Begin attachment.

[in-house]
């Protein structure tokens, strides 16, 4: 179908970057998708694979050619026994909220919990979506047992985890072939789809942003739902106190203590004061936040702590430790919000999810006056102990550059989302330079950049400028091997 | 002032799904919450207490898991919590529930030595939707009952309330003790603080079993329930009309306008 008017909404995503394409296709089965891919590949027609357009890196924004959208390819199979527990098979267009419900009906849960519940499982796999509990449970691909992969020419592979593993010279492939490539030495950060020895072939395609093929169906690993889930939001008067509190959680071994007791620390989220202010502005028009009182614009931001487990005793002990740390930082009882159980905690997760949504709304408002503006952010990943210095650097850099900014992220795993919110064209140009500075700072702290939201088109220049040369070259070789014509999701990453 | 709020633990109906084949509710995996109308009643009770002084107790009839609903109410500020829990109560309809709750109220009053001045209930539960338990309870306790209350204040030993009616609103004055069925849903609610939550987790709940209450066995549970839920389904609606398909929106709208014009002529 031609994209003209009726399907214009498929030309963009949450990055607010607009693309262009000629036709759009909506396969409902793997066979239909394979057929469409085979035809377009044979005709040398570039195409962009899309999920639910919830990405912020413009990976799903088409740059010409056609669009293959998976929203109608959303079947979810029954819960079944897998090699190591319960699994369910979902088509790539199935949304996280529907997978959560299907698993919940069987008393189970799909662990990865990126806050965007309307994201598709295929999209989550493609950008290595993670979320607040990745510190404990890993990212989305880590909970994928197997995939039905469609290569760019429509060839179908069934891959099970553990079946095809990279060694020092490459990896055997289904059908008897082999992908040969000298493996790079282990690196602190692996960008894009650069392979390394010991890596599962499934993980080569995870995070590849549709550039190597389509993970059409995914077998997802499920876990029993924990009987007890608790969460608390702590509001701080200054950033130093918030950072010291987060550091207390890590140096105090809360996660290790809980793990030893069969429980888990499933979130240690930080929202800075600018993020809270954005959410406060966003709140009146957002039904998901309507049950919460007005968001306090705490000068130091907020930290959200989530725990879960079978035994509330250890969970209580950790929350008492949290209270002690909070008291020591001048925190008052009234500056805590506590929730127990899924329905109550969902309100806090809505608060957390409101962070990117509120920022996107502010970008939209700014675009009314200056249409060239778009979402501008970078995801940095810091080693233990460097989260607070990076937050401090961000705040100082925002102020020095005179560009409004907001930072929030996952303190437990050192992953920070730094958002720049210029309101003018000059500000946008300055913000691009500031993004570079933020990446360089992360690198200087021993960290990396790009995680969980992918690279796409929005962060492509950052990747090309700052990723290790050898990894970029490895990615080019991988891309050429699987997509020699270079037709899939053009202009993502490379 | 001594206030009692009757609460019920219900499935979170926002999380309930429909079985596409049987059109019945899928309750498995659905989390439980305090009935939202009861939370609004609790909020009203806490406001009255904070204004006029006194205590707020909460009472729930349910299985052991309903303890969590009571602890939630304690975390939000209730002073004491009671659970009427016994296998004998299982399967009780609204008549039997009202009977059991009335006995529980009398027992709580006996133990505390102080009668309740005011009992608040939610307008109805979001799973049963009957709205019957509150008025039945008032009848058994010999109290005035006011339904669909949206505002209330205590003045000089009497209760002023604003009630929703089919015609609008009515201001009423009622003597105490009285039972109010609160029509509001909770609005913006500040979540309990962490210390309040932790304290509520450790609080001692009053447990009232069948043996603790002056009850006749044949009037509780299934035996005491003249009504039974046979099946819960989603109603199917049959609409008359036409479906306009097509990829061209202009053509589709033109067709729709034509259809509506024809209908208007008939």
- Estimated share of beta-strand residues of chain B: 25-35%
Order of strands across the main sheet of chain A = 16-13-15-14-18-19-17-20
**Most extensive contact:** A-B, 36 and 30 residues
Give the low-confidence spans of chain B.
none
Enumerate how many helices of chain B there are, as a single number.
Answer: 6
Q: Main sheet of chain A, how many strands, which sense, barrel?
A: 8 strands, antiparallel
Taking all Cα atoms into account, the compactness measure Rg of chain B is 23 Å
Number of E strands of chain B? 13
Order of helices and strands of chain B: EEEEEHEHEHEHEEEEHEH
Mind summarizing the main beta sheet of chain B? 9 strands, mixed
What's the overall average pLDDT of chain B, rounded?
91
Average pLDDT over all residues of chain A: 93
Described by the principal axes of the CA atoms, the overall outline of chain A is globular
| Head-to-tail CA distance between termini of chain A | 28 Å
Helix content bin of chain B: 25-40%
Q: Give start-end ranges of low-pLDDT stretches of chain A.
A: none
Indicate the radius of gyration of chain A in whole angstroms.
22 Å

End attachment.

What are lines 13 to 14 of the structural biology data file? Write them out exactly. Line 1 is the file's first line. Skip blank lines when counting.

Number of E strands of chain B? 13
Order of helices and strands of chain B: EEEEEHEHEHEHEEEEHEH